• Combination Hair: Combination hair is indicated if oil is only deposition from particular areas of your scalp on the tissue. The hair around your temples and behind your ears frequently secretes a lot of oil.

Sometimes people can have dry, frizzy hair and an oily scalp. Such individuals ought to wash their hair with a shampoo for dry hair and apply an oily scalp shampoo to their scalp. They are also limited to using conditioner on their hair instead of shampooing every time or shampooing the scalp more frequently.

Most of the time, people continue using the incorrect products because they believe that dandruff or flakes are caused by a dry scalp. This can make the situation worse and cause hair loss. Therefore, rather than simply switching your hair care products if your condition does not improve after using the OTC treatment, you should see a doctor.

4. Hair Elasticity

The term “hair elasticity” describes how far a single hair strand may stretch before returning to its original shape (1). It is a reliable sign of healthy hair. The strongest of all hair types, hair with high elasticity offers a good degree of gloss and bounce.

You need to pull out a damp hair strand and stretch it as far as you can to measure the elasticity of your hair. Your hair’s elasticity might be divided into one of three categories based on the results.

  • High Elasticity: A hair strand’s great elasticity can be seen by how far it can be stretched before breaking. Thus, hair will be stronger. When wet, hair with a high degree of elasticity can be stretched up to 50% of its length before breaking. Coarse hair is frequently quite elastic.
  • Medium Elasticity: Your hair’s medium elasticity is indicated if it stretches somewhat before breaking. The average woman has medium-elasticity hair. Making use of natural hair oils and masks will help strengthen your hair.
  • Low Elasticity: Hair with low elasticity snaps almost immediately after being stretched.

Usually weak and brittle, this hair type. Regarding the products used on it, it necessitates careful care. The flexibility of hair can be lost to harsh chemicals. Decide on shampoos that reinforce hair cuticles as a result.

5. Curl Pattern

Look at your hair. Is it straight, kinky, curly, or wavy? Four different hair patterns exist. How your hair looks is determined by your hair follicle and hair shaft. Your hair pattern is determined by the angle at which the hair follicle develops into the scalp.We’ll examine the various hair types in the section after this. Find out which of these best describes you.

Type 1: Straight Hair

No matter how much it is curled, this hair type maintains its straightness (2). The majority of the time, it is flat from roots to tips. It has a delicate, silky, and incredibly sparkly texture. There are no curls on it. Women with straight hair frequently have fine hair. This naturally straight hair type exhibits a high level of oil secretion in addition to being silky.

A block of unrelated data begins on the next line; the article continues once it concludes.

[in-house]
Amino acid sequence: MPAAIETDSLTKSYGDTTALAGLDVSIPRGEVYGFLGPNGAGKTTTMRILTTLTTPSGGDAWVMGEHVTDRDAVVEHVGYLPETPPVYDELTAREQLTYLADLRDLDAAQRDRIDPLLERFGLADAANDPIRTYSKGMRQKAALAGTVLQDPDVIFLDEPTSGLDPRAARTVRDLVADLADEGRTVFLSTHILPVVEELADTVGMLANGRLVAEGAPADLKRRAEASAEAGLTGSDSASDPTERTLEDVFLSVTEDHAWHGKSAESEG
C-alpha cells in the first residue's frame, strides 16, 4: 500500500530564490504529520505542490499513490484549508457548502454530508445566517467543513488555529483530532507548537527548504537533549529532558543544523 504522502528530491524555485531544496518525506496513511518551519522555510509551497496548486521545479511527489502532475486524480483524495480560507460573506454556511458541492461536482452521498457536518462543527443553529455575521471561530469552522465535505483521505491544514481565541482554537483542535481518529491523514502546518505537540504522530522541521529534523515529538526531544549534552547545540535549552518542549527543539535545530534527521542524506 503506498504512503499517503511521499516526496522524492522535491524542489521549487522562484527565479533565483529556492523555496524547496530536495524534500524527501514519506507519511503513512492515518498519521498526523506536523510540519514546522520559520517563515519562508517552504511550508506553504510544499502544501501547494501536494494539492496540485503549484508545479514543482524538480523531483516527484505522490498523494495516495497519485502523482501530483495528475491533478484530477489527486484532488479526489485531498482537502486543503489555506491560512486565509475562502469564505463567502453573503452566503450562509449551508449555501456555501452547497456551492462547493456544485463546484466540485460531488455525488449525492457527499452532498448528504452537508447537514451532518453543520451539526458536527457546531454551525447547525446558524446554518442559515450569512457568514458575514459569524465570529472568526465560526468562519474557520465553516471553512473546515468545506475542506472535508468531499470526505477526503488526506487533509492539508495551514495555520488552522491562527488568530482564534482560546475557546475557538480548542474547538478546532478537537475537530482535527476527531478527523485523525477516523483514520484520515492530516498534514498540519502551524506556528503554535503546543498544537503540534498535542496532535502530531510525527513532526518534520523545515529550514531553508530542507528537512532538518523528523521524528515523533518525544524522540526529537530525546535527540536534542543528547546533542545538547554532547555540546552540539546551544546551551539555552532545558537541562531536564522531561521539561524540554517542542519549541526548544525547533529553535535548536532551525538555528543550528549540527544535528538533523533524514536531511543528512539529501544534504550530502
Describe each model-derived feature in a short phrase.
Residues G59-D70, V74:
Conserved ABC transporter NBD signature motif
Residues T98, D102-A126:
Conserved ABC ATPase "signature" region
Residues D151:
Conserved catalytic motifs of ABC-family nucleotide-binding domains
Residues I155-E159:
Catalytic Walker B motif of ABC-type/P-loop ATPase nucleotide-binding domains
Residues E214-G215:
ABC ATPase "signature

Type 2: Wavy Hair

Straight or curly hair cannot be straightened or curled. It lies somewhere in the middle of the two. You can see a faint curl pattern at the bottom of hair that is wavy (3). It holds hairstyles quite nicely. It has a thick diameter and a rough feel. Three sub-types of Type 2 exist:

  • 2A is the thin wavy hair type
  • 2B is the medium wavy hair type
  • 2C is the thick wavy hair type

Type 3: Curly Hair

Check to see if your hair strand has a “S” pattern to discover if you have type 3 curls (3). This hair type has distinct curls that do not straighten out no matter how much you straighten it. Compared to straight or wavy hair, it is denser. It can easily tangle and is more prone to frizz. Once more, Type 3 is broken down into three sub-types of hair:

  • Type 3A type has loose curls
  • Type 3B type has medium curls
  • Type 3C type has tight curls

Type 4: Kinky Hair

While having a coarse, rough appearance, kinky hair is actually incredibly delicate and sensitive. If not taken care of, it is readily breakable and susceptible to harm. High density and highly tight curls characterize kinky hair. The curls look like a letter “Z” (3). Three sub-types of this hair type are recognized:

  • Type 4A type is soft
  • Type 4B type is wiry
  • Type 4C type is extremely wiry

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Final Words

The secret to having healthy hair is to know what type of hair you have! 

Your hair type can be identified using factors including hair diameter, porosity, greasiness, elasticity, density, and pattern. The four primary varieties of hair are straight, wavy, curly, and coily. 

You will learn to address the appropriate hair issues as you gain a better understanding of your hair type. Additionally, being aware of your hair type enables you to select the appropriate serums, shampoos, masks, and brushes for your hair. Now you may create a hair care regimen that will improve and nourish the type your hair.

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Frequently Asked Questions

Do I have 1B hair?

Effective curl holding is possible with type 1B hair. Additionally, it is typically straight from the roots and has a medium texture. You have 1B hair if this description fits your hair.

What does 1B hair type look like?

The 1B hair type seems sleek and shining. It ends with soft curls yet has a modest center bend.

Is my hair 1C or 2A?

Although it is straight, type 1C hair may readily hold a small curl. When you air-dry this hair type, you may easily get a disheveled appearance. Type 2A hair is thicker and more voluminous than type 1 hair. Inferring your hair type from these descriptions is possible.